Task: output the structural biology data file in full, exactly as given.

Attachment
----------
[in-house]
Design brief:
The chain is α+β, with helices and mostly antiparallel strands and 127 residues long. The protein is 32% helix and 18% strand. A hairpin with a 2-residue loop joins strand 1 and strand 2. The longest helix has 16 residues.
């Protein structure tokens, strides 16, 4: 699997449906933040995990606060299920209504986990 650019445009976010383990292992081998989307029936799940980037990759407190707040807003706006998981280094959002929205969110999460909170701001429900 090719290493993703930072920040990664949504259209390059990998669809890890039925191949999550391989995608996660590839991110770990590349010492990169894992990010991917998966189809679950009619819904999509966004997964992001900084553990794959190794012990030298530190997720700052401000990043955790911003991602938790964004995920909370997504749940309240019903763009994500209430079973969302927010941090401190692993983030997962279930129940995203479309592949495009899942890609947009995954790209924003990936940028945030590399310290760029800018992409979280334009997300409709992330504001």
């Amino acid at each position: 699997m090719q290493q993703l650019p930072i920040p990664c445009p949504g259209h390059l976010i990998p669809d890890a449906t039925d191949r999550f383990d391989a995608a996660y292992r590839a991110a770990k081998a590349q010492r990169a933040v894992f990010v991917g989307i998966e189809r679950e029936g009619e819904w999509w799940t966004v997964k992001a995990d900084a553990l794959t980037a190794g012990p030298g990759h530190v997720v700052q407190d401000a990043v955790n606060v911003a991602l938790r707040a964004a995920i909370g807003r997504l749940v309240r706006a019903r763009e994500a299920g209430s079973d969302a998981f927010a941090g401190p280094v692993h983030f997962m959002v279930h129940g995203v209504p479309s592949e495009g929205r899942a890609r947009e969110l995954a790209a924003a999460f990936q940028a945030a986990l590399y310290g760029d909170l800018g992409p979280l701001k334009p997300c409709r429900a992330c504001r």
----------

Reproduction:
[in-house]
Design brief:
The chain is α+β, with helices and mostly antiparallel strands and 127 residues long. The protein is 32% helix and 18% strand. A hairpin with a 2-residue loop joins strand 1 and strand 2. The longest helix has 16 residues.
């Protein structure tokens, strides 16, 4: 699997449906933040995990606060299920209504986990 650019445009976010383990292992081998989307029936799940980037990759407190707040807003706006998981280094959002929205969110999460909170701001429900 090719290493993703930072920040990664949504259209390059990998669809890890039925191949999550391989995608996660590839991110770990590349010492990169894992990010991917998966189809679950009619819904999509966004997964992001900084553990794959190794012990030298530190997720700052401000990043955790911003991602938790964004995920909370997504749940309240019903763009994500209430079973969302927010941090401190692993983030997962279930129940995203479309592949495009899942890609947009995954790209924003990936940028945030590399310290760029800018992409979280334009997300409709992330504001």
């Amino acid at each position: 699997m090719q290493q993703l650019p930072i920040p990664c445009p949504g259209h390059l976010i990998p669809d890890a449906t039925d191949r999550f383990d391989a995608a996660y292992r590839a991110a770990k081998a590349q010492r990169a933040v894992f990010v991917g989307i998966e189809r679950e029936g009619e819904w999509w799940t966004v997964k992001a995990d900084a553990l794959t980037a190794g012990p030298g990759h530190v997720v700052q407190d401000a990043v955790n606060v911003a991602l938790r707040a964004a995920i909370g807003r997504l749940v309240r706006a019903r763009e994500a299920g209430s079973d969302a998981f927010a941090g401190p280094v692993h983030f997962m959002v279930h129940g995203v209504p479309s592949e495009g929205r899942a890609r947009e969110l995954a790209a924003a999460f990936q940028a945030a986990l590399y310290g760029d909170l800018g992409p979280l701001k334009p997300c409709r429900a992330c504001r």